Less than a month after losing its executive director, a leading water safety organization has named a replacement.
Kimberly Burgess was appointed interim executive director of the National Drowning Prevention Alliance during the group’s annual symposium in Colorado Springs, Colo., on April 13. The appointment follows the resignation of Kristin Goffman in mid-March.
Burgess, who is also drowning prevention coordinator at the Broward County Health Department in Fort Lauderdale, Fla., will serve a one-year term while she and others are considered for the permanent position, officials said.
Burgess compared NDPA to a small company with great potential to grow. “I want to help them realize that potential. It’s very exciting to be at the beginning of what should be a really great program,” she said.
The NDPA was established in 2004, and has since become an influential voice for drowning prevention in swimming pools and open water.
Indeed, the scope of that influence is perhaps best reflected in the educational programming it is spearheading under the Consumer Product Safety Commission’s Pool Safely campaign, a byproduct of the federal Virginia Graeme Baker Pool and Spa Safety Act. The NDPA was awarded nearly $1.3 million from the CPSC late last year for a range of public relations and training programs targeting consumers, first responders, swim schools, lifeguards, pool industry members and others through September.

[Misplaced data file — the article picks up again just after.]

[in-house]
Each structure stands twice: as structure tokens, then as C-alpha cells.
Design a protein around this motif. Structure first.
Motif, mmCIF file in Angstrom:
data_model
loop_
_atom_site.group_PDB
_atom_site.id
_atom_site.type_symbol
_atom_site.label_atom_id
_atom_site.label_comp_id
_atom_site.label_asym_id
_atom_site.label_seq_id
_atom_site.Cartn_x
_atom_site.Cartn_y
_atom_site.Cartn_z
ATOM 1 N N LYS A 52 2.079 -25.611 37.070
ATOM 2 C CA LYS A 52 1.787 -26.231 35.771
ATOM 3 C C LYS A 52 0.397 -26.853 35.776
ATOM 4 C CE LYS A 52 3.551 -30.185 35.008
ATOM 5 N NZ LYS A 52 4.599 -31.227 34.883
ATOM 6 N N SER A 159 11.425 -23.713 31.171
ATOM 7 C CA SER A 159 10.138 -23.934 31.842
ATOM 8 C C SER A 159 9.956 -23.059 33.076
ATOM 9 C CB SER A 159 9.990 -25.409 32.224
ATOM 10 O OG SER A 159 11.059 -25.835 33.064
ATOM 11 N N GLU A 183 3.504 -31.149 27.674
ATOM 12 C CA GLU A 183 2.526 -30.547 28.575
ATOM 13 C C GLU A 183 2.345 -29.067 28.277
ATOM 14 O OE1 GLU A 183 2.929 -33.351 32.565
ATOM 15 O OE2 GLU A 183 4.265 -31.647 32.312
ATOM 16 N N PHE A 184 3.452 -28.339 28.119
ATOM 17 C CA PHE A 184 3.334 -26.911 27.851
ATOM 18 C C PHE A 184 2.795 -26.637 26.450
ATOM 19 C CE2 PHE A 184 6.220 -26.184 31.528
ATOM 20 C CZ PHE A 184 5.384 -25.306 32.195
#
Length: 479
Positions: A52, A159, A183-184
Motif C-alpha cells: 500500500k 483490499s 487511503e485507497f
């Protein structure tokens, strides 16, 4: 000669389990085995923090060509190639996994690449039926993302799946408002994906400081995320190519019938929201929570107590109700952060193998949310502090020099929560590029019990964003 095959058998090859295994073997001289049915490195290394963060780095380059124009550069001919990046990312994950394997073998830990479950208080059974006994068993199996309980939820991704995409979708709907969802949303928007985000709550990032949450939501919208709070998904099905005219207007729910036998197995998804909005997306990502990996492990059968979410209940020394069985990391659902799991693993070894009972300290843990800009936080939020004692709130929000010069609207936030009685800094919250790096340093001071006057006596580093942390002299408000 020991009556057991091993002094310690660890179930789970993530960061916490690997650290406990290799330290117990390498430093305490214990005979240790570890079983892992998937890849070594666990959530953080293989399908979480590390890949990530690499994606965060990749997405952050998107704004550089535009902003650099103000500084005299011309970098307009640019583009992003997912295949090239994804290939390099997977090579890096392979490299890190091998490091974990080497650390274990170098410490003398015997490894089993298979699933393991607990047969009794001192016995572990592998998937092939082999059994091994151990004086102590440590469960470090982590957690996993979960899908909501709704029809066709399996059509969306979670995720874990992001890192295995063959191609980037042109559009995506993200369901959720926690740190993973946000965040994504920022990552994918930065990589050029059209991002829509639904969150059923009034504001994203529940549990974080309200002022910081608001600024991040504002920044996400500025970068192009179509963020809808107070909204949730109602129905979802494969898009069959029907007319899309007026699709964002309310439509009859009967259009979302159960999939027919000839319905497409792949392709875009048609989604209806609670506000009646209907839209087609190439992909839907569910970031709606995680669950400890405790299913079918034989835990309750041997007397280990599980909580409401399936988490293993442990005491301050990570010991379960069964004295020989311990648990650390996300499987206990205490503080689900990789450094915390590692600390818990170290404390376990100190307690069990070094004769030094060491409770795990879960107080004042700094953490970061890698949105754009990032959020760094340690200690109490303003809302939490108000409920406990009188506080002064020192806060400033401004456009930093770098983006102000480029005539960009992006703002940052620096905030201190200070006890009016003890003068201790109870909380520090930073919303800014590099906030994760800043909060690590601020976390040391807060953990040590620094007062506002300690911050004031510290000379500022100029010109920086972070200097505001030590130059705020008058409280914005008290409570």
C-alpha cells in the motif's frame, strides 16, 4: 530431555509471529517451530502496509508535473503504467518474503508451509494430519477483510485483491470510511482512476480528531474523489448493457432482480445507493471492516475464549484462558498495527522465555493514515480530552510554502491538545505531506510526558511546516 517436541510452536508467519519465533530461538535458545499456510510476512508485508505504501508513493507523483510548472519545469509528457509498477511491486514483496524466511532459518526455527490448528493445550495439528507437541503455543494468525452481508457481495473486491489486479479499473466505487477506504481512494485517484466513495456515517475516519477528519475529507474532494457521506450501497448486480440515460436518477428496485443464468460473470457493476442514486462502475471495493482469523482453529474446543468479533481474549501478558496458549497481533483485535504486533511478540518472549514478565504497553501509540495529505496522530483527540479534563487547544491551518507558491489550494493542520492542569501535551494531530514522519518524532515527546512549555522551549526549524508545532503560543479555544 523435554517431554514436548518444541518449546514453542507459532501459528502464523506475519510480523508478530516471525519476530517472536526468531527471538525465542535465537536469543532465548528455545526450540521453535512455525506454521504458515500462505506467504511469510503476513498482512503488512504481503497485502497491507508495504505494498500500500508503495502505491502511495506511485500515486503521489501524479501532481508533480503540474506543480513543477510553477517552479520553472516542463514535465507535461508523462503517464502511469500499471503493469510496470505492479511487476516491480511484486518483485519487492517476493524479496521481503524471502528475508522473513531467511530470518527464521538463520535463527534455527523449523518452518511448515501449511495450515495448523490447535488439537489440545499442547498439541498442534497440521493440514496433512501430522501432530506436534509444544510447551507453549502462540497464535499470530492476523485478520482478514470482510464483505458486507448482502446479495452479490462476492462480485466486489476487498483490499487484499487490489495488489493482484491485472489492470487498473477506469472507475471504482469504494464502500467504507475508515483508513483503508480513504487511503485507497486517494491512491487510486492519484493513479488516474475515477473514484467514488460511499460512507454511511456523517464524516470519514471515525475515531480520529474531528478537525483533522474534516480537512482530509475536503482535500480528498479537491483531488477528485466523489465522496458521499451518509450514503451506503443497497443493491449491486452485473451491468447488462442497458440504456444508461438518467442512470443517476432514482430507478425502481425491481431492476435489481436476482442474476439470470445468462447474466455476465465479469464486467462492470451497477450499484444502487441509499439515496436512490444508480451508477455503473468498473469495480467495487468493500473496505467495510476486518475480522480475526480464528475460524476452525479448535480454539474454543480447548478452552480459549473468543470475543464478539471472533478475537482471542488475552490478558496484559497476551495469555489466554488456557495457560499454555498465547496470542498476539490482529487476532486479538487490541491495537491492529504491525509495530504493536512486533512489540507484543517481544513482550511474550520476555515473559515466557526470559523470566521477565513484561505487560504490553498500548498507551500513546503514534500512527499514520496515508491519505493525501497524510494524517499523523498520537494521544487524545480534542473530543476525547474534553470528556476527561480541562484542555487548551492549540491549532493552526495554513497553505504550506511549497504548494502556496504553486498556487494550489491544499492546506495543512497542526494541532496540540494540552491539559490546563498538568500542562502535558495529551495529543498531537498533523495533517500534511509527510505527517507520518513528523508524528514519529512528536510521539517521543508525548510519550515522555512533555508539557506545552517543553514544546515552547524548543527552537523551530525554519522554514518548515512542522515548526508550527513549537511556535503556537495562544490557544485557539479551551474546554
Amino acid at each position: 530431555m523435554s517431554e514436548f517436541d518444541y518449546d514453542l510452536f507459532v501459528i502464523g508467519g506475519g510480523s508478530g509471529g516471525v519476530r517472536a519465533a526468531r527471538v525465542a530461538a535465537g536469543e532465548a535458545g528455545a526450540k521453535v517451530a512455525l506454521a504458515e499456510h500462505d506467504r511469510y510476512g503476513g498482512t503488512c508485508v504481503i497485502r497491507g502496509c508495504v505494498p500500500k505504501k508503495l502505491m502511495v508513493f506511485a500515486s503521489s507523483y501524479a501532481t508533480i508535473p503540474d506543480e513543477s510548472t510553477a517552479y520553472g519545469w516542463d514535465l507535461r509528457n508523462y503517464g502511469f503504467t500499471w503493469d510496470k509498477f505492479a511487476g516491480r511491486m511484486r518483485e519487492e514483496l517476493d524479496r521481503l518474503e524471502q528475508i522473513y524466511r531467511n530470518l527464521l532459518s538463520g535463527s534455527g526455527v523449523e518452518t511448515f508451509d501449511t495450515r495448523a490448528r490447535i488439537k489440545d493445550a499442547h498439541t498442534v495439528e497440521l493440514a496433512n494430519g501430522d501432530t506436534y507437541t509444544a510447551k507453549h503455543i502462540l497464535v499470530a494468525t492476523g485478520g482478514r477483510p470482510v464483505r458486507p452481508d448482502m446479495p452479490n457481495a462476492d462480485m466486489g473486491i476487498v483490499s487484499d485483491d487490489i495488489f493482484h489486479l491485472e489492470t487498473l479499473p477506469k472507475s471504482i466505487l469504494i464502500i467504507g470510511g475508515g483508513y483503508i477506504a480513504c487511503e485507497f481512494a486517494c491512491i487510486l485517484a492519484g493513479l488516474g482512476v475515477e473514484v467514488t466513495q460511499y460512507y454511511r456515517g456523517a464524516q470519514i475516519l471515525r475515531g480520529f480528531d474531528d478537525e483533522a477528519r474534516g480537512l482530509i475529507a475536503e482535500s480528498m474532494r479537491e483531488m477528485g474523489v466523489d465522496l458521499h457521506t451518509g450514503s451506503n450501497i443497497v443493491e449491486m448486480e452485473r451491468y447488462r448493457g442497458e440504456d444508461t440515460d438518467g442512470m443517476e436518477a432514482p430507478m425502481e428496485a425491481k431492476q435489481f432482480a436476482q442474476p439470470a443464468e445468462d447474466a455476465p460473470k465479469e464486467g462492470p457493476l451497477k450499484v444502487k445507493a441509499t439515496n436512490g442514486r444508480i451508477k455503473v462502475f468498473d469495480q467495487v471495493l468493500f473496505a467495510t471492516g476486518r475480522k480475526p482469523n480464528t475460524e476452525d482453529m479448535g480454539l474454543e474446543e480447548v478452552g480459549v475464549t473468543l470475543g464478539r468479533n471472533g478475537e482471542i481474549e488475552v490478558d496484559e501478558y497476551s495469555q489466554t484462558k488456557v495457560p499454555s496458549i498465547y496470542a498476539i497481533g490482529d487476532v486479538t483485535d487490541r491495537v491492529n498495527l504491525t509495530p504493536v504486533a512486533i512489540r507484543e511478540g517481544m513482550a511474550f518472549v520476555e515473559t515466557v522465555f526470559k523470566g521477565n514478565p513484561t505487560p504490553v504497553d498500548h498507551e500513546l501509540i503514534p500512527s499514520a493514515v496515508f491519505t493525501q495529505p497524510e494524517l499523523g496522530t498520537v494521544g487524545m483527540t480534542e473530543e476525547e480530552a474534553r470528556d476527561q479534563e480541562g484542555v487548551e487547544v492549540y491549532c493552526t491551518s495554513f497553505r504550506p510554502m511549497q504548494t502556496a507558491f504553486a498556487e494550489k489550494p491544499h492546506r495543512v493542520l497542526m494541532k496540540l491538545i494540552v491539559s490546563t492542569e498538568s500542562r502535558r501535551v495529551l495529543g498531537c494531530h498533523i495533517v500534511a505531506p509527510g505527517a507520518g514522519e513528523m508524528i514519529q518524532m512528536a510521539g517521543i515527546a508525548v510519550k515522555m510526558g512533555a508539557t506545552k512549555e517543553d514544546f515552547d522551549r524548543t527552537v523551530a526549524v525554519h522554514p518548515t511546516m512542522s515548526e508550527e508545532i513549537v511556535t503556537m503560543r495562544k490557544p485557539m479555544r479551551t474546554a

The NDPA also is moving to new offices at the International Swimming Hall of Fame in Fort Lauderdale. The board agreed unanimously to accept ISHOF’s offer, which includes the use of office space, meeting rooms, conference facilities and equipment.
“We are thrilled by the amenities the International Swimming Hall of Fame has made available to us,” said Robert Ogoreuc, NDPA president. “We’re really looking to build on the momentum from our speakers and symposiums that have carried us through to this point.”
This year’s 10th Annual National Drowning Prevention Symposium featured education sessions, networking and a trade expo area, with the goal of empowering attendees “with knowledge and materials so they can replicate successful events and educational activities in their own communities.”
Attendees included approximately 120 aquatics professionals and other water safety stakeholders.
Keynote speaker Inez Tenenbaum, chairwoman of the CPSC, spoke about the agency’s role in drowning prevention and VGB-themed education. She also gave an update on the Pool Safely campaign, recipient of the NDPA’s 2011 Lighthouse Award.
“Our goal in 2011 is to realize the full potential of our collective efforts and create a positive change nationwide — a change that results in fewer drownings, nonfatal submersions and entrapments,” Tenenbaum said in her remarks.
Other speakers included U.S. Olympic gold medalist Rowdy Gaines; Tom Griffiths, Ph.D., of the Aquatic Safety Research Group; and Carvin DiGiovanni of the Association of Pool & Spa Professionals.
“I really feel this is a great start of connecting the pieces of the ‘water safety puzzle,’” said Sue Nelson, aquatic program specialist at USA Swimming and co-chair of the symposium. “I hope people took away the fact that water safety and drowning prevention is very diverse. We all can be an expert in a certain area of the spectrum, but realize how your area might link to another.”